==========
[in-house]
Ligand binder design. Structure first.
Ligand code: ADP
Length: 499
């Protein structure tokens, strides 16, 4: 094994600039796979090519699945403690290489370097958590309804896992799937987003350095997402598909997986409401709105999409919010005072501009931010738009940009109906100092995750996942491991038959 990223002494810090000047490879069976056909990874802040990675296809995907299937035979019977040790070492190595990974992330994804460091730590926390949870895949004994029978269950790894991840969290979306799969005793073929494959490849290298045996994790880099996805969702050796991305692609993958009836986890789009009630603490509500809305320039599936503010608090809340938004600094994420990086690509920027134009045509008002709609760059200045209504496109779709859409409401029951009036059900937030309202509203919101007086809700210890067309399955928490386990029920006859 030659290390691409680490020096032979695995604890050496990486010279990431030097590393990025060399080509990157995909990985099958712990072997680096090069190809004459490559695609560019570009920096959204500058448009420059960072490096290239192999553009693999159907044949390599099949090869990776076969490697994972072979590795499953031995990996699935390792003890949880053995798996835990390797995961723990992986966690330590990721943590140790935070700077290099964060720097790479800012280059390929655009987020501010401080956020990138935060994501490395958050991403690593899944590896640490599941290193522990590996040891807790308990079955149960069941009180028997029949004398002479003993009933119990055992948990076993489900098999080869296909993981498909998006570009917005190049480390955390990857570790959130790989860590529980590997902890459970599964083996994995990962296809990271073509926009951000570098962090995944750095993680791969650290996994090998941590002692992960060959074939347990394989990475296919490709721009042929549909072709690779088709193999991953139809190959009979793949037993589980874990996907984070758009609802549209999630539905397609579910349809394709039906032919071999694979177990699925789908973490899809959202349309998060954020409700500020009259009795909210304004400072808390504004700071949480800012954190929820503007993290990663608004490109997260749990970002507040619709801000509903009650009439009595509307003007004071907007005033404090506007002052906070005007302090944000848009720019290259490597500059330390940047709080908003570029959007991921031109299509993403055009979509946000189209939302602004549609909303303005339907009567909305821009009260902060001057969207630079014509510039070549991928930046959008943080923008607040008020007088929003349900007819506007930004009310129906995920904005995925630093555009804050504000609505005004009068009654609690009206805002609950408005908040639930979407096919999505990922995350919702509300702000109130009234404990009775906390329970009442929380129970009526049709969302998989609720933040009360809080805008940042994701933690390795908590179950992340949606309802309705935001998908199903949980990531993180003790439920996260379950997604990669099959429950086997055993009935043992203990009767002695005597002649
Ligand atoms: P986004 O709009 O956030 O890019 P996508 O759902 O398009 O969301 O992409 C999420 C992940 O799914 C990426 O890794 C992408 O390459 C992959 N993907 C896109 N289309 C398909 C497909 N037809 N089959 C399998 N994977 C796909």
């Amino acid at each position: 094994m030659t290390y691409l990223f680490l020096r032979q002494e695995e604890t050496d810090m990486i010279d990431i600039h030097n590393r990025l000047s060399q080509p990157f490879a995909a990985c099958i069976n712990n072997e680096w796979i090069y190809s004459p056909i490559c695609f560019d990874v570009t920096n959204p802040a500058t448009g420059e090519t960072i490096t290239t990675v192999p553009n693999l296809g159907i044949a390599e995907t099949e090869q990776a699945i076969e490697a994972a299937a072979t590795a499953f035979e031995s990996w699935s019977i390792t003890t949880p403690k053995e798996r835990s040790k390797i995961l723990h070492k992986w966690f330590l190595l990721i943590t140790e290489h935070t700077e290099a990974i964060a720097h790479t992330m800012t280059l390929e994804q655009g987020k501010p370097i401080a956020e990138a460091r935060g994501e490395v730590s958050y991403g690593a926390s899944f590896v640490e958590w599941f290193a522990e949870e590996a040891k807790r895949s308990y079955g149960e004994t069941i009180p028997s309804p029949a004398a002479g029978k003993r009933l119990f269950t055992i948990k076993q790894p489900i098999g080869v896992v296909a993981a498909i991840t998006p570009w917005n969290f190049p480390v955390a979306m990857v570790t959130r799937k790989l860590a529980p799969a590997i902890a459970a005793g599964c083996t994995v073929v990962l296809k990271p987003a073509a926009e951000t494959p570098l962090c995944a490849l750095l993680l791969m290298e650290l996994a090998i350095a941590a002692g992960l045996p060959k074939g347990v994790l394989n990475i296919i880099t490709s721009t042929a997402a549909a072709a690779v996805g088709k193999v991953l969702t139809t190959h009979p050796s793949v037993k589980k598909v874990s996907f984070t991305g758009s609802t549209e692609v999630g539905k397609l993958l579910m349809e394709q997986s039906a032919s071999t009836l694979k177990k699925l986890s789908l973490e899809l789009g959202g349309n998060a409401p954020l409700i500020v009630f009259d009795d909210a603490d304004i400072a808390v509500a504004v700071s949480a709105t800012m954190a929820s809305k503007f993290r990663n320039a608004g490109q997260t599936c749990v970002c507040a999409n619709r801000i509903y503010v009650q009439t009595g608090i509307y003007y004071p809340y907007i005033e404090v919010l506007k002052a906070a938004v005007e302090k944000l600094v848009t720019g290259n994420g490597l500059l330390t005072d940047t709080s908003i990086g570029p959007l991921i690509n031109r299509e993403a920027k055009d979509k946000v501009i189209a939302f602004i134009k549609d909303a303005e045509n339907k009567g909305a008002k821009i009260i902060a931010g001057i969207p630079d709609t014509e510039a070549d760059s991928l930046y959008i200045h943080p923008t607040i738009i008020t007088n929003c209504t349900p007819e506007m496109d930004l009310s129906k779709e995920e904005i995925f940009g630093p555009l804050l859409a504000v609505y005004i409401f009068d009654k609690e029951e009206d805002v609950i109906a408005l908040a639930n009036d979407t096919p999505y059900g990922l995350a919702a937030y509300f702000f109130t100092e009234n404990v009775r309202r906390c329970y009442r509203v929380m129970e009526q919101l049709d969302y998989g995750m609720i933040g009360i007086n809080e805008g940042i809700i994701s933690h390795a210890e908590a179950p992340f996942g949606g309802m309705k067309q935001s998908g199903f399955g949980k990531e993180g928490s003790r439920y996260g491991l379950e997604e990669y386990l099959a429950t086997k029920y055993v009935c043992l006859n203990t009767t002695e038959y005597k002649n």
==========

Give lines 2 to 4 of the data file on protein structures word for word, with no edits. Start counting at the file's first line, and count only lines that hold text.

Ligand binder design. Structure first.
Ligand code: ADP
Length: 499